Saturday, 21 Sep 2019

Opinion | The Middle-Class Struggle to Pay for College

To the Editor:

Re “The Cost of College for the Middle Class” (Sunday Review, Sept. 1):

Caitlin Zaloom opens by discussing how the average cost to attend a private, four-year university is $50,000 per year. This is the approximate average sticker price of these institutions. However, the amount actually paid after scholarships and tax benefits are deducted is well less than this — about $27,000 last year, or just a little more than half of the sticker price.

It is also important to remember that only about one in six undergraduates attend college in this sector. About 80 percent of students attend public institutions, where both the sticker and net prices are even more affordable, with the remainder in for-profit colleges.

Yes, middle-class families face challenges in paying for college. But sensationalizing the issue by focusing on a small proportion of all students serves only to diminish the arguments being made. Let’s start with factual data about the real price burden facing the majority of families before we start debating solutions.

Donald E. Heller
San Francisco
The writer is provost and vice president of academic affairs at the University of San Francisco.

To the Editor:

Caitlin Zaloom overlooks one of the fundamental problems that has accompanied increasing anxiety about the cost of college: elitism.

Most middle-class families would have little financial trouble sending their children to state universities. Unfortunately, many are caught up in the class-based bias that public universities have classes brimming with weak students and offer a poor education. They are wrong.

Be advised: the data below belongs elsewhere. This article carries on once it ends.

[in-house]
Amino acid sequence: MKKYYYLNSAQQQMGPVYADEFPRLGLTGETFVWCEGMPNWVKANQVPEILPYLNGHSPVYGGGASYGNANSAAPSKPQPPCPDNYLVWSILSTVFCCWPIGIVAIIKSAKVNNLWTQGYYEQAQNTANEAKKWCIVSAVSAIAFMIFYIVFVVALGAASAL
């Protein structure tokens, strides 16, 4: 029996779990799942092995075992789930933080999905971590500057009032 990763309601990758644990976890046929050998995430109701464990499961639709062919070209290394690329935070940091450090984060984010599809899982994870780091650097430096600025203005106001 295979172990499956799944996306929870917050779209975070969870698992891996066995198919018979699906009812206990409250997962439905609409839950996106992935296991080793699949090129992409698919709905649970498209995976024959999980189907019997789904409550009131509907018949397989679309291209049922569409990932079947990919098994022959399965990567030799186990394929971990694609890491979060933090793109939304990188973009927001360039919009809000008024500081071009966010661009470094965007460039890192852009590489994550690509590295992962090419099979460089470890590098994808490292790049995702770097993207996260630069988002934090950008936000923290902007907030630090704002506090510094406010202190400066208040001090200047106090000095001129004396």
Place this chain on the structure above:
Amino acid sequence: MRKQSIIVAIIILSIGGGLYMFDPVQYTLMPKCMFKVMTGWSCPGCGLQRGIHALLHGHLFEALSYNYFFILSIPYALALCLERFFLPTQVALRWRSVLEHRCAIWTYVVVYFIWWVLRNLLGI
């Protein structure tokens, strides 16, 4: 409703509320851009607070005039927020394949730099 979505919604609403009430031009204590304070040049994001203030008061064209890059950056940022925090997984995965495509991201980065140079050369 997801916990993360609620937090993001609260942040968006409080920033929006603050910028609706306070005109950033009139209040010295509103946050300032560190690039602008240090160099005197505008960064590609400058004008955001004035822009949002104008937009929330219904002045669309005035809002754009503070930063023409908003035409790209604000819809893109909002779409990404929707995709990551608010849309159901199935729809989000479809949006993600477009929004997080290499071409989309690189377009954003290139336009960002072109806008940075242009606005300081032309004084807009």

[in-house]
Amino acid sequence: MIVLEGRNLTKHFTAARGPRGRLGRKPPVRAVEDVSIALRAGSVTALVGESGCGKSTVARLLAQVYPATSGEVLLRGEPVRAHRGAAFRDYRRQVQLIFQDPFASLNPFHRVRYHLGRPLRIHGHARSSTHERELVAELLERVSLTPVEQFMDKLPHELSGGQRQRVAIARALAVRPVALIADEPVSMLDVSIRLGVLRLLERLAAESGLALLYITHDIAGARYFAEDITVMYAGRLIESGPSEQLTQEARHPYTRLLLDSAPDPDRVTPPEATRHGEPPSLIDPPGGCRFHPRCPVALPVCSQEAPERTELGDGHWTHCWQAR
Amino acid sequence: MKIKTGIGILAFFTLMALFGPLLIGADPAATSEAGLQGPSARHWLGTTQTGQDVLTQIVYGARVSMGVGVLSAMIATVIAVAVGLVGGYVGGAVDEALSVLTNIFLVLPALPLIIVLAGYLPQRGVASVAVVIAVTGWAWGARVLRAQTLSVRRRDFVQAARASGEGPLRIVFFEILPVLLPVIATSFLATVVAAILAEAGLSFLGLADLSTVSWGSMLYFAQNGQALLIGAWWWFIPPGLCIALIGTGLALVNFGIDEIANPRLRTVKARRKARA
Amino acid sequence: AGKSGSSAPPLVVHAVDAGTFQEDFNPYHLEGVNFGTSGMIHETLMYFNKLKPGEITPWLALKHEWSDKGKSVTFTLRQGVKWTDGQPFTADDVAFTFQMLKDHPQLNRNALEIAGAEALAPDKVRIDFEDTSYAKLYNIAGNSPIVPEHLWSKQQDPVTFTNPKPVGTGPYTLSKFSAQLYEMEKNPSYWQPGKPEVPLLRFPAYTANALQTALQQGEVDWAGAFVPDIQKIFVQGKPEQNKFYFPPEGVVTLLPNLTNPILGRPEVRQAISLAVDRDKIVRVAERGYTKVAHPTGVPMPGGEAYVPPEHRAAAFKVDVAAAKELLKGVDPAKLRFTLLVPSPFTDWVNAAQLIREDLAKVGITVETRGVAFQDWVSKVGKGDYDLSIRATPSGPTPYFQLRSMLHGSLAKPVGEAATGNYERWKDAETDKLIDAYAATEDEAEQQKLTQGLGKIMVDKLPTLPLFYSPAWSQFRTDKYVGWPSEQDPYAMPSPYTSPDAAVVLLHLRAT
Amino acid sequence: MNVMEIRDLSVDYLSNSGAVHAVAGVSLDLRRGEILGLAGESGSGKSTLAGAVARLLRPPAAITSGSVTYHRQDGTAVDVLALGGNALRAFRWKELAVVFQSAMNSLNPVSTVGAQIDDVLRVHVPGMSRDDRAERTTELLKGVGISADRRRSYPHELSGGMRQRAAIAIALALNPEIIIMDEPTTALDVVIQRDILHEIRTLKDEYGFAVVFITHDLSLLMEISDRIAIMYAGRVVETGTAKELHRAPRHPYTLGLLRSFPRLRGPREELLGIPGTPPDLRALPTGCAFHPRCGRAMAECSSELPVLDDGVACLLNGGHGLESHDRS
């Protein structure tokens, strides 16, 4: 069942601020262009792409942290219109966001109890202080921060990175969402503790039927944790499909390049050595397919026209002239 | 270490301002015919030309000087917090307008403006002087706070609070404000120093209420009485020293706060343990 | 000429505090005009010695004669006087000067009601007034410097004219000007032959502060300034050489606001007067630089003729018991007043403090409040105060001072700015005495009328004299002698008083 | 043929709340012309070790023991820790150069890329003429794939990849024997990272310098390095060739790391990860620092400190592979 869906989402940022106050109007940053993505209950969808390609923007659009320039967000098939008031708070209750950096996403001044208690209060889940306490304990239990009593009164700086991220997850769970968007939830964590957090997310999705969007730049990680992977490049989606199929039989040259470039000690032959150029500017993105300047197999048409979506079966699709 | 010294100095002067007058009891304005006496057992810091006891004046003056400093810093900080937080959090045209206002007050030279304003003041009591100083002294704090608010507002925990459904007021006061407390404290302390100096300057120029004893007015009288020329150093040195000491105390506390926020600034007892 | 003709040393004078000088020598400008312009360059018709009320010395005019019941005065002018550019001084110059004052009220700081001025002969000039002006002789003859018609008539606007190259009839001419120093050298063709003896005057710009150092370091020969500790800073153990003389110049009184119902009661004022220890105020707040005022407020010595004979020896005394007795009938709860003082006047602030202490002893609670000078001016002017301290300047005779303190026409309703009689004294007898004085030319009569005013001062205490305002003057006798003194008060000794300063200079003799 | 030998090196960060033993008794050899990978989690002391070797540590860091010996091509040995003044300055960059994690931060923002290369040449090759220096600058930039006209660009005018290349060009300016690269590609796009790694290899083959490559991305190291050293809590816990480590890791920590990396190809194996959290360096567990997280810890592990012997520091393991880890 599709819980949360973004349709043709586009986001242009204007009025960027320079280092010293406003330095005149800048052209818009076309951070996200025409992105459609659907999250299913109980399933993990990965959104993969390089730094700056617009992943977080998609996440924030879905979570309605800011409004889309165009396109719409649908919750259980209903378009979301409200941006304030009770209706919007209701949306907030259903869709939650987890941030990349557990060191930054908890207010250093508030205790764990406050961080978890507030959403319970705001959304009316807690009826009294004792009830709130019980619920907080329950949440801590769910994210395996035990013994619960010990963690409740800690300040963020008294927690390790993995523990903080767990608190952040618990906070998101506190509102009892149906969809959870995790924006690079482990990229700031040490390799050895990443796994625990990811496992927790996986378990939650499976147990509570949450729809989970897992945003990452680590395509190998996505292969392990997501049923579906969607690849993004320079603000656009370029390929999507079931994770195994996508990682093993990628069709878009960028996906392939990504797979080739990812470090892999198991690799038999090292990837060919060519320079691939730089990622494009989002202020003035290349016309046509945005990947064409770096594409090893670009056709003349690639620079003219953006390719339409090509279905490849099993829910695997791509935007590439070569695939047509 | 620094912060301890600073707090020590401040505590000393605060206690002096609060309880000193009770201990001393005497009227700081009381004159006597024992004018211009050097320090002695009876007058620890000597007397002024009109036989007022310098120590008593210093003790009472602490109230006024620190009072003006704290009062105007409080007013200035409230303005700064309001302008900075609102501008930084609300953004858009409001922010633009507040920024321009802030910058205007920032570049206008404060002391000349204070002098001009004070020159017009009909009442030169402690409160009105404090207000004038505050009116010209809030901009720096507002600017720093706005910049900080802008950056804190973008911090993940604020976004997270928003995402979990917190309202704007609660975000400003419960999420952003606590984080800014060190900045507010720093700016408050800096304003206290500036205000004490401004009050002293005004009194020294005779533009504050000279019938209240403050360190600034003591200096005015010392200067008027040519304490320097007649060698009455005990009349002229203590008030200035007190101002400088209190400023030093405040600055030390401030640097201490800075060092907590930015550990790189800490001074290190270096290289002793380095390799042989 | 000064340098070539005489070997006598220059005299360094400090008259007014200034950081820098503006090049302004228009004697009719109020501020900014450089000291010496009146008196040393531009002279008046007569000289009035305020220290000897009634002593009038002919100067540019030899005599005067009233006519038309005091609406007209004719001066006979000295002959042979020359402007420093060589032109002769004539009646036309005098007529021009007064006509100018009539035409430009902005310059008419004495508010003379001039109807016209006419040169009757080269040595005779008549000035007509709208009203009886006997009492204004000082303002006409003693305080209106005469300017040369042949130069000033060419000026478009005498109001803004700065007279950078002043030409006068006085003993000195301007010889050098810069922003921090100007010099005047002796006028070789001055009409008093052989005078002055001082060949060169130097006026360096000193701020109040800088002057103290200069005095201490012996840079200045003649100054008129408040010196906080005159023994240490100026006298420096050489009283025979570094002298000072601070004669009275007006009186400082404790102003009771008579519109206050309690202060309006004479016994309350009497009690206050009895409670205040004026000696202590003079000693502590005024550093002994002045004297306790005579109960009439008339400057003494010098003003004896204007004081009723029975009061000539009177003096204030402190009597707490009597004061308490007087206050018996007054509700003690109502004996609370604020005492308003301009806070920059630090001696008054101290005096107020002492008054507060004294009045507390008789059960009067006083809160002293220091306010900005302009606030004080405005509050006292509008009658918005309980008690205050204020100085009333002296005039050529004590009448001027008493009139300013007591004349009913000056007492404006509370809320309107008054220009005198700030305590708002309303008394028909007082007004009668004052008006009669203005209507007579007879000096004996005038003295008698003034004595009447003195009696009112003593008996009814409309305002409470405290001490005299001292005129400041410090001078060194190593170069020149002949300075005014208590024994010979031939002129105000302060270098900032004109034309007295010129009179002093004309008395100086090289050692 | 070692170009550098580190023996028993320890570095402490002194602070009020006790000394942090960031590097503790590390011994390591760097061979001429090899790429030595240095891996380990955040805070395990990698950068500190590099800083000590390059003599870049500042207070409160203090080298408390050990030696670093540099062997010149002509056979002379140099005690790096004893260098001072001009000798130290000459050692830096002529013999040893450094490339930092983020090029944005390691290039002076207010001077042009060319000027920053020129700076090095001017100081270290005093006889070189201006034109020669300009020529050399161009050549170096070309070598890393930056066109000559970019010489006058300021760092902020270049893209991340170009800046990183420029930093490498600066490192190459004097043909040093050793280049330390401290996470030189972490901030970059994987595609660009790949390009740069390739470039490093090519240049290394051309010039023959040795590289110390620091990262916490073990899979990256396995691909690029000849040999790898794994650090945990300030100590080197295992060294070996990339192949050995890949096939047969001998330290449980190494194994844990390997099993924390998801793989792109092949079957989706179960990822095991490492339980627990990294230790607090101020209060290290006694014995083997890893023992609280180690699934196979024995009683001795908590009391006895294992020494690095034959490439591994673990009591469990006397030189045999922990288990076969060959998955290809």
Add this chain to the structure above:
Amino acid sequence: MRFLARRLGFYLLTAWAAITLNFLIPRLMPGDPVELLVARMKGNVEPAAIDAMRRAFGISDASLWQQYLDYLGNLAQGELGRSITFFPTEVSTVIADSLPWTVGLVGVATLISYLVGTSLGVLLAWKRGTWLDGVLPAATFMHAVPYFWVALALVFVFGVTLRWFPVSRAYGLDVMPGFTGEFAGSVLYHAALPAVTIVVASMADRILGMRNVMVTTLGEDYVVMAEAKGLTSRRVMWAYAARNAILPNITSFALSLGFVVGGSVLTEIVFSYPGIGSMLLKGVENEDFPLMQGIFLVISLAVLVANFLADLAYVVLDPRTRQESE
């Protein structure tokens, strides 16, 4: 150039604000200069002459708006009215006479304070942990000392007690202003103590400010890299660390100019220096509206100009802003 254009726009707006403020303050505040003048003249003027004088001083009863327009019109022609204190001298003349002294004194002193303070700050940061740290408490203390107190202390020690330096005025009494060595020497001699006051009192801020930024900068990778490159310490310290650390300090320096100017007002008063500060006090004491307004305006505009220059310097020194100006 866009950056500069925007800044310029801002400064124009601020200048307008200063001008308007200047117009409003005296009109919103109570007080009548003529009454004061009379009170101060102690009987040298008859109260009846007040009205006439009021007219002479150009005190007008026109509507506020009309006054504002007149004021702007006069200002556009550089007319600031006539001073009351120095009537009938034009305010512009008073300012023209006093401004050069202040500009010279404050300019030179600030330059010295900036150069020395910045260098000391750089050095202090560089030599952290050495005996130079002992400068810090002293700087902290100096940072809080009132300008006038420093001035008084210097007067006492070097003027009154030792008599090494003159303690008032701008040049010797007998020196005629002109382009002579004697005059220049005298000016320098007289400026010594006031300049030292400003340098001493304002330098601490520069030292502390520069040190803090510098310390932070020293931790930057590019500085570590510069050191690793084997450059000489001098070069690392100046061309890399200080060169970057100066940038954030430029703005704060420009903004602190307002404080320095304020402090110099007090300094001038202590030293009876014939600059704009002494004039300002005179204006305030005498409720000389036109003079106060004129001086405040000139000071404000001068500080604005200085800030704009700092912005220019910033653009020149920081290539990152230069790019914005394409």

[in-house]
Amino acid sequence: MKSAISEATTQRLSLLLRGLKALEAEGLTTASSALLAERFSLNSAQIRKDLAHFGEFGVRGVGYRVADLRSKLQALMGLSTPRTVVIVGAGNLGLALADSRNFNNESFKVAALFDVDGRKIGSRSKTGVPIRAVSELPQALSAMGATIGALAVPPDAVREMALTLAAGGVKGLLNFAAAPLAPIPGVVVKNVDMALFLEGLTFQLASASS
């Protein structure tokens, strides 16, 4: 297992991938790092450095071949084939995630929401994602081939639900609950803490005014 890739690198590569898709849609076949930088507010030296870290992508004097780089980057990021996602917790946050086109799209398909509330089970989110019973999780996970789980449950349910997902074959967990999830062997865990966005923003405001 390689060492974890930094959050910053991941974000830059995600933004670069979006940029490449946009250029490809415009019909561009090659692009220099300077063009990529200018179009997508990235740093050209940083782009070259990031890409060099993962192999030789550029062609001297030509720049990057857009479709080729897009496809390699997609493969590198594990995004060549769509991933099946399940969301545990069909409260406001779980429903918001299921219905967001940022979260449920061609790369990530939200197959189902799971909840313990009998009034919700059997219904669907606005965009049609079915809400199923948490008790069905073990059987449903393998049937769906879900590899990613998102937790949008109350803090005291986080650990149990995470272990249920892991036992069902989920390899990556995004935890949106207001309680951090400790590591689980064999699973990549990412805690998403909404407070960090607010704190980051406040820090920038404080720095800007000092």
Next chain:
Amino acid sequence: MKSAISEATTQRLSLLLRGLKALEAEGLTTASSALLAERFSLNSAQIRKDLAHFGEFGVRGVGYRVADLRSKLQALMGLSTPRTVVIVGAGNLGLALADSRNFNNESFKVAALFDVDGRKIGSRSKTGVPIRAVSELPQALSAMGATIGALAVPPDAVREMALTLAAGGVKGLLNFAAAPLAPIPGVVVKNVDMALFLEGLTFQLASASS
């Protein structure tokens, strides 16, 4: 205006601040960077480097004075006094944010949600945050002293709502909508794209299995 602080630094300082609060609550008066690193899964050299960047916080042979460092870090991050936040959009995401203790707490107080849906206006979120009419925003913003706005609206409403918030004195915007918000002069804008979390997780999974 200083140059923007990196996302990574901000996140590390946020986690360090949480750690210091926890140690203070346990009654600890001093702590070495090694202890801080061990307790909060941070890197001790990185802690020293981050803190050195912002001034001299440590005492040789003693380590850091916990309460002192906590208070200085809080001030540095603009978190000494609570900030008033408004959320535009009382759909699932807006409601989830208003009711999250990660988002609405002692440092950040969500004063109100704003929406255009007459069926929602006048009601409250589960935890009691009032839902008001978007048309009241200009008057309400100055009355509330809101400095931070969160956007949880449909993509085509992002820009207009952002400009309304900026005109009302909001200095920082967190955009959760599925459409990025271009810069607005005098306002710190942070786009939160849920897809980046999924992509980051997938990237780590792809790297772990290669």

State universities all over the country offer an education that ranges from solid to outstanding, and students from even the weakest state schools can and do go on to successful professional careers, top graduate schools, government jobs and other promising trajectories in every imaginable field.

Few middle-class students need to come out of college tens of thousands of dollars in debt.

Perhaps if we embrace public education, we will have not only fewer young people with debt, but also a more balanced and less unequal society.

Lisa L. Miller
Philadelphia
The writer, a professor at Rutgers University, is a state university graduate and the parent of state university students.

To the Editor:

Caitlin Zaloom’s excellent essay points out how the cost of a college degree, “which has tripled at public colleges and universities in the past three decades,” forces middle-class families into financial insecurity.

But why does college cost so much today? Why has the cost of higher education far, far outstripped the rise in the cost of living? With many colleges hiring increasing numbers of adjunct teachers, the answer does not lie in the cost of teaching.

There are far more administrators today than 30 years ago. Many of them make egregiously high salaries. They are also spending huge sums on new buildings and renovations. A thorough analysis may show that tuition payments are subsidizing these substantial costs.

Jane S. Gabin
Chapel Hill, N.C.
The writer is an educational consultant.

To the Editor:

My colleague Caitlin Zaloom articulates my greatest frustration as an undergraduate dean at New York University. Middle-class students may be concerned about future debt, but their low-income peers are struggling to stay in school. Usually they have exhausted all financial options. Maybe I have empathy for my students because as an undergraduate I worked three jobs to barely pay for a state college.

I know they are thinking more about paying tuition than studying for exams. I also know that they are feeling an extremely high level of stress and embarrassment. It becomes hard to think about anything else. To New York University’s and other schools’ credit, they are trying to do more for these students, but the situation may be more than the administration can handle. It is certainly more than the students can.

Robert L. Hawkins
New York
The writer is a faculty member at the N.Y.U. Silver School of Social Work.

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